Chief Superior Court Judge Sidney Nation was honored Friday afternoon with the unveiling of a portrait that will hang at the Rockdale County Courthouse. Nation is shown here with the artist, Alan Caomin Xie, who is a professor of art at Clayton State University and has had more than 40 exhibitions of his work worldwide. The portrait was commissioned by the Rockdale County Bar Association. Nation will retire at the end of the month after 20 years on the bench. Staff Photo: Sue Ann Kuhn-Smith
CONYERS -- Hundreds of associates, friends and family turned out Friday afternoon to honor retiring Chief Superior Court Judge Sidney Nation and witness the unveiling of his portrait that will hang in the Rockdale County Courthouse.
The portrait, painted by Alan Caomin Xie, a professor of art at Clayton State University, was commissioned by the Rockdale County Bar Association and paid for through donations by the bar association and well-wishers.
Nation, who is completing his 20th year on the bench in the Rockdale Circuit, did not seek re-election this year. Those who have worked with Nation through the years in the legal system came Friday to remark upon his wisdom, his passion for the law and his commitment to the community and the nation.
Attorney Gil Gainer, who as a young attorney practiced law in Nation's firm for three years, thanked Nation for his leadership and service.
"There could be no better mentor than the one I had," said Gainer. "The three years I spent with him carried me for the next 30, and I'm very grateful for that."
Nation came to Conyers as a young attorney in 1970 and practiced law with Gus Barksdale and Clarence Vaughn, who served as chief judge prior to Nation. He later opened his own firm and was elected Magistrate Court judge and appointed as the first State Court judge in Rockdale before becoming a Superior Court judge in 1993.
Superior Court Judge David Irwin, who will become the next chief judge upon Nation's retirement at the end of the month, called Nation a traditionalist who follows the rules and is confident in his sense of right and wrong.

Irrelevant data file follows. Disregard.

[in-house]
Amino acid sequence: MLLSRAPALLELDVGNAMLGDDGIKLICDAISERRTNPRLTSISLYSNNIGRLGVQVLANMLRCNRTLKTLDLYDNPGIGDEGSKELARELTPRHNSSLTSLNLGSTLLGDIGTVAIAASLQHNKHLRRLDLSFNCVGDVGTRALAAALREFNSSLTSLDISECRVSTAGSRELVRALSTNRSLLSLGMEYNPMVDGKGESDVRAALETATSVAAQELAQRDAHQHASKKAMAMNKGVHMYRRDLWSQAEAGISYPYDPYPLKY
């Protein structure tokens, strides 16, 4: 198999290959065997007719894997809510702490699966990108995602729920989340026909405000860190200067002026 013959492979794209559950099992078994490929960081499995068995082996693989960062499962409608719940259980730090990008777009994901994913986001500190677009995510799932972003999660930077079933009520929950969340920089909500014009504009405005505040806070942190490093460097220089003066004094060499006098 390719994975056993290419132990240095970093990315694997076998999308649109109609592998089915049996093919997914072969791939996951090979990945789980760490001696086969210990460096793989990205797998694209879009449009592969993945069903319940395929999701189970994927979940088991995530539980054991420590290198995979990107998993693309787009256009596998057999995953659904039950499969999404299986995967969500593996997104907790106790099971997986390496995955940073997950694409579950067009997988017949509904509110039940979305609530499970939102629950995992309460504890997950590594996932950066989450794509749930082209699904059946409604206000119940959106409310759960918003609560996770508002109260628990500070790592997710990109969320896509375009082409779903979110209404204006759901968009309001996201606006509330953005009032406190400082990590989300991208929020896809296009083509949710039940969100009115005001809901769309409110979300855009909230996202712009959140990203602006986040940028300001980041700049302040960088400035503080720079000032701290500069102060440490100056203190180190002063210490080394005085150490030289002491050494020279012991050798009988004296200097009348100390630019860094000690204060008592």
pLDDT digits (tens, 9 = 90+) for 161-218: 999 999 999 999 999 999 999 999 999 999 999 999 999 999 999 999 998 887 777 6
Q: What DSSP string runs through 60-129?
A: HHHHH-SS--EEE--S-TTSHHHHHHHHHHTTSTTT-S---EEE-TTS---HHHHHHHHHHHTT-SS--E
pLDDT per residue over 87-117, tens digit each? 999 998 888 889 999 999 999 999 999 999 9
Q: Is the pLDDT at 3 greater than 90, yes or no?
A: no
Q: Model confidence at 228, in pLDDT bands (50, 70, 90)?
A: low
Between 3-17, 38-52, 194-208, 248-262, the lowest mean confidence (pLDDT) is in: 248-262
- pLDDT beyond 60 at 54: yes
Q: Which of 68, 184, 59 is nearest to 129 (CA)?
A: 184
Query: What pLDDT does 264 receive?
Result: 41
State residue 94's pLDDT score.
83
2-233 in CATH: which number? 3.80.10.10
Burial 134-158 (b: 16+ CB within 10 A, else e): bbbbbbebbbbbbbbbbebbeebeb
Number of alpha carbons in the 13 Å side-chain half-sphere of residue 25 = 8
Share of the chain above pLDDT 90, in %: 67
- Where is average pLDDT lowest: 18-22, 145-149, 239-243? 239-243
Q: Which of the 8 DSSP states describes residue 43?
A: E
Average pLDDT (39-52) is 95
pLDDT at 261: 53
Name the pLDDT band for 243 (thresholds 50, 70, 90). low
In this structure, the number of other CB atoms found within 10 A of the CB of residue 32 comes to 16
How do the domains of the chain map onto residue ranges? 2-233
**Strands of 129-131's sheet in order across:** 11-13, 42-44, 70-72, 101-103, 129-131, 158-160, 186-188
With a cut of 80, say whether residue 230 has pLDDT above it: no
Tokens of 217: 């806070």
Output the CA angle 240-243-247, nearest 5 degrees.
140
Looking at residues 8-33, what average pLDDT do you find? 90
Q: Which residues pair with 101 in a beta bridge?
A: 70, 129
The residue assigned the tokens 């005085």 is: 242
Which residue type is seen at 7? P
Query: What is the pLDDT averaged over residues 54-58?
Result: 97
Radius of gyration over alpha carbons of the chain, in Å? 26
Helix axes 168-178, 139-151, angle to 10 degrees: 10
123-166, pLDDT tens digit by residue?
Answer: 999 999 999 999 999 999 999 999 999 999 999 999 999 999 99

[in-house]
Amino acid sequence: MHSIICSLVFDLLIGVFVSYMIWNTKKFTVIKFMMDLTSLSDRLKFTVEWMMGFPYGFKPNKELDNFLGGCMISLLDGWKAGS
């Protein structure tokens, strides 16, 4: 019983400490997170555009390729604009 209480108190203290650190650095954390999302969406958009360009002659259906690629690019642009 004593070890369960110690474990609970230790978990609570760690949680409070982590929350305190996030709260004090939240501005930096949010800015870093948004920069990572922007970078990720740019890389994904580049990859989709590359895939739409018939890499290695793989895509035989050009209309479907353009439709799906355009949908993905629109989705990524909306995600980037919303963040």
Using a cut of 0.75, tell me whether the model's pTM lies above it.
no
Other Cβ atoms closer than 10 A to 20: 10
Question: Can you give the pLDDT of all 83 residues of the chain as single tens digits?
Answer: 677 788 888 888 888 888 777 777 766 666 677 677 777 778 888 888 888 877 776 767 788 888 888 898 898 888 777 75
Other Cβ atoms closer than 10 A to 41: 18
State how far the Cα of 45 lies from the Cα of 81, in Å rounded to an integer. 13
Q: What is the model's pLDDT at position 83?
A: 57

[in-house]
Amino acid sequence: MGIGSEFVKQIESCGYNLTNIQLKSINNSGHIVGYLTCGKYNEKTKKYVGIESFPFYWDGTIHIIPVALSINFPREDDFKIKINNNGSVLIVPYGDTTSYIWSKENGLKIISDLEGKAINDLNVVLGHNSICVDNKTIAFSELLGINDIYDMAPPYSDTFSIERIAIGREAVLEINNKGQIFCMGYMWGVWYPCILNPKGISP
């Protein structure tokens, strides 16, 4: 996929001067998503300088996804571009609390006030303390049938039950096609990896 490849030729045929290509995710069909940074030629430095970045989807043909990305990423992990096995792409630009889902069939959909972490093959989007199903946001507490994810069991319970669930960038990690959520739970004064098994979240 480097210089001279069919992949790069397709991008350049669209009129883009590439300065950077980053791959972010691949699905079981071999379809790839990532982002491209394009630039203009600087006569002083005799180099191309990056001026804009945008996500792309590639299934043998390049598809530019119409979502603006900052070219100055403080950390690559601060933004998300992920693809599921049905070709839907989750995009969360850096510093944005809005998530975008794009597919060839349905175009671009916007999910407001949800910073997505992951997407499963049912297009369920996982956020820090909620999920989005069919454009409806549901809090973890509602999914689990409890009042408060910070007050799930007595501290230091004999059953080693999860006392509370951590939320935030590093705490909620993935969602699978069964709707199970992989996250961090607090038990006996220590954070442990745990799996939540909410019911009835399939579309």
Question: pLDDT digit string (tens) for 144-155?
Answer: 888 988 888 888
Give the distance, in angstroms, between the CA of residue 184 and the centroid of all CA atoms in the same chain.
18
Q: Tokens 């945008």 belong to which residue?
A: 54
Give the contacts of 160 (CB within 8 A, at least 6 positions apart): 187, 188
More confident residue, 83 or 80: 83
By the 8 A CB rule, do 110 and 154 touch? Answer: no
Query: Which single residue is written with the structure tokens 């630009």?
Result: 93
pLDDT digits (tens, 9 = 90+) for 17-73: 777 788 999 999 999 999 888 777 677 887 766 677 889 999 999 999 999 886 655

"He has an innate sense of security, of foundational belief, that he knew what was right and what was wrong," said Irwin.
The Rockdale Judicial Circuit was "Nation-built," said Irwin, praising Nation as a bulwark in the legal community.
"When I think of Judge Nation, I think of honor, loyalty and duty to his family, his community and his country," said Irwin.
Nation, who broke his hip in a recent fall and used a wheelchair to enter the courtroom Friday, stood at the podium to thank those who came to honor him and wish him well.
Nation said he viewed the courtroom as hallowed ground, although levity in the courtroom is helpful at times to ease the fears of those who are intimidated by the legal process.
"This is where you come to find the truth," he said.
Nation also said serving as chief judge was the biggest honor of his life, adding that he believes the judicial branch is one area of government where people still have faith that it functions properly.
"The court can have a significant and serious impact on the community and the lives of the people in the community," said Nation.
Nation thanked those present Friday for the support given to him and his family.
"Your success in life is dependent upon the people around you," he said. "From the time I came here, I've been surrounded by the finest people in the world."
In addition to the portrait presented Friday, Conyers Mayor Randy Mills read a proclamation declaring Nov. 30 as Judge Sidney L. Nation Day in the city. In addition, Nation received a plaque from the Division of Child Support Services recognizing his "firm and effective" decision-making on behalf of the welfare of children.